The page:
Now more than ever, LGBT athletes are coming out to play at the Olympics. But Rio may not present the most welcoming experience, as women’s soccer players came to learn on Wednesday during match-ups.
People in the stands hurled slurs at players from the U.S., Australian, and Canadian teams, respectively, according to the Los Angeles Times. At Estadio Mineirao, the anti-gay slur “bicha” was shouted during women’s games for the first time, most often during the U.S.-New Zealand matchup. For the six lesbian players on the field, including Canadian goalkeeper Stephanie Labbé, it was a definitive low point.
“I don’t think most of those fans would have said that directly to my face. I don’t think they mean it in that way,” Rapinoe said. “But they need to understand that that’s how it’s taken. They need to understand if all of you are willing to do that, what does that say to a gay player? Especially in the men’s game.”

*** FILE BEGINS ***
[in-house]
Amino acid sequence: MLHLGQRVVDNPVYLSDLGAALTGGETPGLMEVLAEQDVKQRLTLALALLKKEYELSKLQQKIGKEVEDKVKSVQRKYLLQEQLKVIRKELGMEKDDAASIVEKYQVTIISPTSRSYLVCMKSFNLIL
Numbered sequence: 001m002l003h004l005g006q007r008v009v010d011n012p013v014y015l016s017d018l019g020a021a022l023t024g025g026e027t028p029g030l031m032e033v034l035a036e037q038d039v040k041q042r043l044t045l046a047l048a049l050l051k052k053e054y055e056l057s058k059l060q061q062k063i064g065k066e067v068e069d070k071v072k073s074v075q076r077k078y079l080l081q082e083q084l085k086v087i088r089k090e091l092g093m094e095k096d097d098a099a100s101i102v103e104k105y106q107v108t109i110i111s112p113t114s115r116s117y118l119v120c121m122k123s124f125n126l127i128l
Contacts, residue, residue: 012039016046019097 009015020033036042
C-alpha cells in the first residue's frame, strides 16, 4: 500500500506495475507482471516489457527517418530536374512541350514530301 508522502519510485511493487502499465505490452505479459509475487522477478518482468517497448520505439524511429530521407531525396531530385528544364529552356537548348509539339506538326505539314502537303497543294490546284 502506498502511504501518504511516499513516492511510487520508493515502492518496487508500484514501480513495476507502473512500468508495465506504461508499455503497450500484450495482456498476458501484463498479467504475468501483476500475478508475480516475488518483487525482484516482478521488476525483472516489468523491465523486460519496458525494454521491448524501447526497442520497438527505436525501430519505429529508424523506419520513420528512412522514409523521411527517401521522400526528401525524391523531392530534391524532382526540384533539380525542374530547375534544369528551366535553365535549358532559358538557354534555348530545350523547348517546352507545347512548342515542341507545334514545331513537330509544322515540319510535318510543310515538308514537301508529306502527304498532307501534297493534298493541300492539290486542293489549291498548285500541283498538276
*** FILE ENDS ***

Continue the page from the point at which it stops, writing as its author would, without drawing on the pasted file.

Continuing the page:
“What does that say to players who are struggling to come out?” she said. Rapinoe offered the anti-gay experience up as a rare opportunity to confront homophobic sentiments head on, starting with the impact slurs have on out athletes.
“I don’t think that all Brazilians fans or everyone that was there last night is homophobic,” she continued. “But I think that they are complicit in it as long as they’re doing it. FIFA can crack down as much as they want but it’s up to individuals in the stands to not participate in that kind of behavior.”
The Olympics still has a long way to go for the gold when it comes to LGBT inclusion. Of the eight out competitors on Team USA, not one is a man. It speaks volumes to the machismo atmosphere of professional sports, and how it keeps players from showing their pride. To the 42 out LGBT Olympians competing in the Games, we salute you.